Loading...
Queensland Judgments

beta

Authorised Reports & Unreported Judgments
Exit Distraction Free Reading Mode
Hamcor Pty Ltd & Anor v State of Queensland  
Unreported Citation: [2015] QCA 183
EDITOR'S NOTE

Gotterson JA and Atkinson and Mullins JJ

2 October 2015

This interesting matter arose from the contamination of a property following its immersion in contaminated fluid known as “fire-water” in the aftermath of a fire. “Fire-water” is water containing toxic fire suppressant chemicals. [3]. Proceedings were subsequently commenced against the State of Queensland for alleged negligence on the part of the Queensland Fire and Rescue Service in the course of fighting the fire. The plaintiffs also sued an insurance broker and its authorised representative for alleged failures to advise that they ought to have been named as insureds under a liability insurance policy. [5]. The claimed cost of remediation of the contaminated land was more than $9 million, many times its value. [4].

At first instance both claims were dismissed. [6]. The appellants appealed solely against the decision involving the State of Queensland. [7].

The decision at first instance

Whilst finding that QFRS owed a common law duty to the plaintiffs to take reasonable care to protect its property, which it breached, [10]–[11] the learned primary judge noted that QFRS was expressly authorised to apply water to the fire by s 53(1) of the Fire and Rescue Service Act 1990, and hence entitled to the immunity conferred by the first limb to s 129(1). [13]. In view of the scarcity of evidence, the learned primary judge took the view that she was not in a position to make findings as to causation of loss on which damages could be assessed. [14].

The appeal

On appeal the appellants had four grounds of appeal, three which are discussed below.

Ground one

The appellants submitted that the learned primary judge erred in holding that QFRS was acting pursuant to the Act and was therefore entitled to an immunity under s 129(1), when upon the proper construction of that provision, the QFRS was only entitled to immunity only where it acted bona fide and without negligence. [28]. The appellants contended that the application of water to a fire by QFRS personnel for any of the purposes listed in s 53(1) was not an act done pursuant to the Act, and therefore the immunity could not apply. [29]. The appellants relied upon Colbran v State of Queensland [2006] QCA 565, contending that statutory immunity provisions ought to be interpreted “jealously”. [31].

Noting that her Honour had evidently formed the view that the application of water to extinguish a fire is in fact a reasonable measure to protect persons, property or the environment, and, as such, authorised by s 53(1) [43], the court did not accept the appellants’ submissions, agreeing that although as a principle of statutory interpretation statutory immunity for acts done pursuant to a statute should be construed as extending only to acts directly authorised by the statute, there is nonetheless no “companion proposition, that in order to be directly authorised by a statute, an act must be specifically listed in it as authorised by it … an act will be directly authorised by a statute if it falls within a broad description of acts authorised by the statute. Such an authorisation may be in terms which permit the taking of “any reasonable measure”. [45]. (emphasis added).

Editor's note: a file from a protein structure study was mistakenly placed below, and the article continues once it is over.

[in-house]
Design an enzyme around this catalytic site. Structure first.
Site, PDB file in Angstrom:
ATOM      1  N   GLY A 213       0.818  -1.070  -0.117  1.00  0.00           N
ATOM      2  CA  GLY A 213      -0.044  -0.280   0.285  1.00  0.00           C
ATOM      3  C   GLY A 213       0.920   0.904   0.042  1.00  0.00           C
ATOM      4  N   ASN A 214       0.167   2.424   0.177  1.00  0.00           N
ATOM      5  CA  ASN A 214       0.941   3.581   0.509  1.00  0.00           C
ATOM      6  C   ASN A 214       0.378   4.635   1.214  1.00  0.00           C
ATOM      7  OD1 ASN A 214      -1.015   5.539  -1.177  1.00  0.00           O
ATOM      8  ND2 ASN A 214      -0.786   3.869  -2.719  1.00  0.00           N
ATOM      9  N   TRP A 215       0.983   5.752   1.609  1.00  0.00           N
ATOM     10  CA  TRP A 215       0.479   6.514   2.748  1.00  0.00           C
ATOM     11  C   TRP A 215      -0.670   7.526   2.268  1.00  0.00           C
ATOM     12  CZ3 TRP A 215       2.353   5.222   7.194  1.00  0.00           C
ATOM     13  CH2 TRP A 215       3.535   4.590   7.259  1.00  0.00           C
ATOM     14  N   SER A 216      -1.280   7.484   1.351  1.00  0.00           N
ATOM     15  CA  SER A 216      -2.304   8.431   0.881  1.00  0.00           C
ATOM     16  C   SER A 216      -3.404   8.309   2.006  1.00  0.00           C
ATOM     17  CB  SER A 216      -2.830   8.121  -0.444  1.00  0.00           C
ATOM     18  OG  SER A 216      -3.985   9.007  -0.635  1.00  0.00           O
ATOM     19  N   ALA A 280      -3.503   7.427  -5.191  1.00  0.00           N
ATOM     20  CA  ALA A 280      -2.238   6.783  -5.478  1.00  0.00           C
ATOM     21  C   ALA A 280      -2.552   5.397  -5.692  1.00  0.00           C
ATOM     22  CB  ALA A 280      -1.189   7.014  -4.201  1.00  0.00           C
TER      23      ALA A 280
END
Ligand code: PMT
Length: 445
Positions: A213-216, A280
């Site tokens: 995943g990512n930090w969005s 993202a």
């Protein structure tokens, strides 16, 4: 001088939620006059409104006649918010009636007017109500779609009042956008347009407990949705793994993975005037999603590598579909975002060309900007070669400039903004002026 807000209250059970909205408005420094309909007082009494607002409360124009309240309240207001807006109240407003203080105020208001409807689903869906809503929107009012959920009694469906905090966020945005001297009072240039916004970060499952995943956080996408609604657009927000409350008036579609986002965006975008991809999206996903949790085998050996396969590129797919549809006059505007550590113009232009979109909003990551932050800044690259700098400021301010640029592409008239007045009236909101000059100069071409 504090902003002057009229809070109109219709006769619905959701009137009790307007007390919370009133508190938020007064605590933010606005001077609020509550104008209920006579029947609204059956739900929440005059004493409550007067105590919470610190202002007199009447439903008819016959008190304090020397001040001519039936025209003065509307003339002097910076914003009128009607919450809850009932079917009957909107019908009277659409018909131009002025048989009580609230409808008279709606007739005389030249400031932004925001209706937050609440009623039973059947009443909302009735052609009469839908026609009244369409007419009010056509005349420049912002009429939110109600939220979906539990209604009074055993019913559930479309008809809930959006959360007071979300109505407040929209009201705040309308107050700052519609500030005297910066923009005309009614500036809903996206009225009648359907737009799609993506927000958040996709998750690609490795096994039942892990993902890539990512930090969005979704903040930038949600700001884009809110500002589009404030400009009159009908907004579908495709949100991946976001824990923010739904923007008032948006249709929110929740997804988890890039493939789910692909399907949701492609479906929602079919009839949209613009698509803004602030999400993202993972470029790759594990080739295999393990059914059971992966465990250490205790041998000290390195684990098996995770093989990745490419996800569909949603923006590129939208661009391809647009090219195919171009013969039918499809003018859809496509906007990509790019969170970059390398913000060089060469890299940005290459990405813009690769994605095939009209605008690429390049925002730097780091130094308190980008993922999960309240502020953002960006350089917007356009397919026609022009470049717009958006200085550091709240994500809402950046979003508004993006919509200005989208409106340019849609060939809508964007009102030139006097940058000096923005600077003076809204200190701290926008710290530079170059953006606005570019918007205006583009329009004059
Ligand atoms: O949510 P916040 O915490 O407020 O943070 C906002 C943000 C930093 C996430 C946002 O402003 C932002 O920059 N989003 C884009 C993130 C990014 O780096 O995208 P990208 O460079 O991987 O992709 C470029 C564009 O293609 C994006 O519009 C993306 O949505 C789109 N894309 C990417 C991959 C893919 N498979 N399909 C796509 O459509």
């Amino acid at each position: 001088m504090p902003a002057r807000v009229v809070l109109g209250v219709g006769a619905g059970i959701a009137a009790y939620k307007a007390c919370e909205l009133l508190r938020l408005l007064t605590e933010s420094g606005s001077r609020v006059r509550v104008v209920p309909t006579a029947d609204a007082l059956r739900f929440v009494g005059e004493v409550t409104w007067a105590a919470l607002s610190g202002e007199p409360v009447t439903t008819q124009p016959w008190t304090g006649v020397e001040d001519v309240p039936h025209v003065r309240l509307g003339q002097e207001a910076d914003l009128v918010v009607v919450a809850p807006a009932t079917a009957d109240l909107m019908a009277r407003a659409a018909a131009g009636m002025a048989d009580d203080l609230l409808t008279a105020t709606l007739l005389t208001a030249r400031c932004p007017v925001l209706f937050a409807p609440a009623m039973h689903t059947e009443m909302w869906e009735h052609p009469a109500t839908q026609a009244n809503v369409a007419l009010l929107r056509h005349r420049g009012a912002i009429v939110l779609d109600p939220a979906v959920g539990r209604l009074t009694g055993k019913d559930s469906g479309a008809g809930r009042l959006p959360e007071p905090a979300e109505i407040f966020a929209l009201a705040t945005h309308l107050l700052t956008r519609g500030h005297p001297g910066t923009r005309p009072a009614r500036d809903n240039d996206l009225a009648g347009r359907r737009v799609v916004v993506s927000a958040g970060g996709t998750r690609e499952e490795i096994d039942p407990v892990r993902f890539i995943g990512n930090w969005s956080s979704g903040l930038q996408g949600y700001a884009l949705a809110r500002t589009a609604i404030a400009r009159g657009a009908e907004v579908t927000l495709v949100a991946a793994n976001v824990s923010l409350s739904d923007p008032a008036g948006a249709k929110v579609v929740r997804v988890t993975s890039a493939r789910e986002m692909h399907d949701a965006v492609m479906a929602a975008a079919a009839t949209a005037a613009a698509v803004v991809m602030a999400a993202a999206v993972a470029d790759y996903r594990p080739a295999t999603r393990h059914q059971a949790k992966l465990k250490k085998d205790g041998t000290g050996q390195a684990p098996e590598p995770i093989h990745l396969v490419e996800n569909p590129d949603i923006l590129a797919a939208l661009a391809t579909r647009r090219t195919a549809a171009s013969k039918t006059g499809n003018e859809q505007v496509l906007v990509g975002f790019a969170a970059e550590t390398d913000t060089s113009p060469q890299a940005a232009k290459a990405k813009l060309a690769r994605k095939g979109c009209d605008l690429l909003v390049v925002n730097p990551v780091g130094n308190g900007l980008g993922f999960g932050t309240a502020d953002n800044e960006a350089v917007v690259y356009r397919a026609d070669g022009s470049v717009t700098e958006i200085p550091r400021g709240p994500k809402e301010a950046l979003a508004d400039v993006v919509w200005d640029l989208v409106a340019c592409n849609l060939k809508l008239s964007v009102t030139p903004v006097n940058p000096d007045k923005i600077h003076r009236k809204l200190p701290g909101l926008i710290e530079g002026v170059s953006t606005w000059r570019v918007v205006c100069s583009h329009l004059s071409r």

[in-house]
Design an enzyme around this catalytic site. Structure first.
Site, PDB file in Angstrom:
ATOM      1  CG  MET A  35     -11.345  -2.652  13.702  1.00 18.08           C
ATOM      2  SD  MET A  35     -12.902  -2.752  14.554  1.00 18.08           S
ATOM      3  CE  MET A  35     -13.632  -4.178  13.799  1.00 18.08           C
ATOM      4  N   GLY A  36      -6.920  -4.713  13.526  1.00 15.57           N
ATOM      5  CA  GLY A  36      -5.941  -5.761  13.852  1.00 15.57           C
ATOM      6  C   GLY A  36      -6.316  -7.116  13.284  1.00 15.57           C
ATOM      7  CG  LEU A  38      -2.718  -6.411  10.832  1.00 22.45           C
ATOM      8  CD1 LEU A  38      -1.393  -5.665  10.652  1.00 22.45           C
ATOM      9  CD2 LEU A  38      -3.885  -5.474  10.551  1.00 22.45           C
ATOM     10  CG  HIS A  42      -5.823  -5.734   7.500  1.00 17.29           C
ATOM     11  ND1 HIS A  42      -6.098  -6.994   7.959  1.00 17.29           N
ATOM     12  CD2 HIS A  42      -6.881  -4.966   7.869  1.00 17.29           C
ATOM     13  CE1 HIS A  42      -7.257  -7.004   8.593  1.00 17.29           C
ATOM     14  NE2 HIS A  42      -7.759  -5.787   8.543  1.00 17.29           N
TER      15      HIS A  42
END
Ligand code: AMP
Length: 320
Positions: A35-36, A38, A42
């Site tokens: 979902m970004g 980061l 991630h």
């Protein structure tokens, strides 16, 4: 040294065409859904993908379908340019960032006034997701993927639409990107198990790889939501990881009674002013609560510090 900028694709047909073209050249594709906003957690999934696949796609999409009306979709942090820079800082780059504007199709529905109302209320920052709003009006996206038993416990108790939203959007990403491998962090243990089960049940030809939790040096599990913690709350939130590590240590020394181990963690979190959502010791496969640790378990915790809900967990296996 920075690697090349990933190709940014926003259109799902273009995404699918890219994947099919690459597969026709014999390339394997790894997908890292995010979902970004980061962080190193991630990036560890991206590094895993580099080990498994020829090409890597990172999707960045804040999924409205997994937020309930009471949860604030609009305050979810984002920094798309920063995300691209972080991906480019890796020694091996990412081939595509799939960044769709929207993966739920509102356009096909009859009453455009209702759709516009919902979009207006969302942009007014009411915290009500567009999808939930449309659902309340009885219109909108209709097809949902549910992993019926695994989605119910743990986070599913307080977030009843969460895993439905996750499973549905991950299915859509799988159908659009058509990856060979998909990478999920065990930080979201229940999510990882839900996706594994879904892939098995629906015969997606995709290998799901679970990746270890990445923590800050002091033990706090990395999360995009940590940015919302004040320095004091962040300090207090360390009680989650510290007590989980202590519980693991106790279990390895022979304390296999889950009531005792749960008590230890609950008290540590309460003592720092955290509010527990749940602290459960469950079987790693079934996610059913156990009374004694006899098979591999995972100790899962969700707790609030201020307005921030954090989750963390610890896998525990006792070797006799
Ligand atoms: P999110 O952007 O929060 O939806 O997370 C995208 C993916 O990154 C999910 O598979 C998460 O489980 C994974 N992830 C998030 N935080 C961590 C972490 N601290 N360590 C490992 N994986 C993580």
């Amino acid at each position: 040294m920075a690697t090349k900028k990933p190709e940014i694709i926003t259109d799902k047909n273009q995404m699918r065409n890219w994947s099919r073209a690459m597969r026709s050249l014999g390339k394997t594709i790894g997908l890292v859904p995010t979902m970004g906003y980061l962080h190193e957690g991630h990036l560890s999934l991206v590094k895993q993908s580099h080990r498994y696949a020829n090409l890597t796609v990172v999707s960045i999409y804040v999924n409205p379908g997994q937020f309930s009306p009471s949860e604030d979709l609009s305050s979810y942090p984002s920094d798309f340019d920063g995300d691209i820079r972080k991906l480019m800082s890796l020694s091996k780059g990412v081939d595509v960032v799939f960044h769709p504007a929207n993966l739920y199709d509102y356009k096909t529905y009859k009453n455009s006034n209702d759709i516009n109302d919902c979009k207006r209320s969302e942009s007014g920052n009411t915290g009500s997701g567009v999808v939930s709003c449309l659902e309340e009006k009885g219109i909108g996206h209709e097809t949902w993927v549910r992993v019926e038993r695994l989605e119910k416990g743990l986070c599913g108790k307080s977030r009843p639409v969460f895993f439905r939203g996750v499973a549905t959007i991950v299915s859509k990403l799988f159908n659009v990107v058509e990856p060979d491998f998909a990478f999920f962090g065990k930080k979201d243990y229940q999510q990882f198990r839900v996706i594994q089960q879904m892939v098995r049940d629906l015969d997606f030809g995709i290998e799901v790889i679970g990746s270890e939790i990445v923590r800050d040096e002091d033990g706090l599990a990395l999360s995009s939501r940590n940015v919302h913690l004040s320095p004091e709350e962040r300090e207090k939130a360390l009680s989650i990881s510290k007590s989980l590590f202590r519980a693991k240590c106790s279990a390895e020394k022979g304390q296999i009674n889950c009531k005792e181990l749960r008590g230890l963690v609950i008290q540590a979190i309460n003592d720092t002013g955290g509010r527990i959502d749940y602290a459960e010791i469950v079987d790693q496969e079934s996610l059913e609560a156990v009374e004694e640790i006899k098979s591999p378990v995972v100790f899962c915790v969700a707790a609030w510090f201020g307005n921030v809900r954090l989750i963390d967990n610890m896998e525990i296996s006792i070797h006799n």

Accordingly, the court’s finding was that since it was a reasonable measure undertaken for any of those purposes, the application of water to a fire was done pursuant to the Act. [46].

Grounds two and three

The appellants additionally argued that the learned primary judge erred in failing to find that the act or omissions of the QFRS in fighting the fire were “unreasonable” within the meaning of s.36(2) of the Civil Liability Act 2003; and furthermore that she failed to properly construe ss 53 and 129(1) of the Fire and Rescue Service Act 1990.

In essence, the appellants submitted that whilst it was theoretically possible that conduct may be negligent, yet not “manifestly unreasonable” in the Wednesbury sense, the learned primary judge failed to provide reasons explaining why the negligent conduct of the QFRS officers was not, at the same time, unreasonable in the Wednesbury sense. [52].

Discounting these criticisms, the court found as follows:

“it does not at all follow … that the strategy adopted by QFRS was illogical, irrational or lacking in intelligible justification. It would indeed be difficult to reach such a conclusion given her Honour’s unchallenged findings that the application of large volumes of water was appropriate at four installations or facilities.” [60].

Accordingly, the court upheld her Honour’s finding that the conduct of QFRS was not unreasonable in the Wednesbury sense. It also determined that her reasons for not so finding were adequate. [61].

The appeal was dismissed.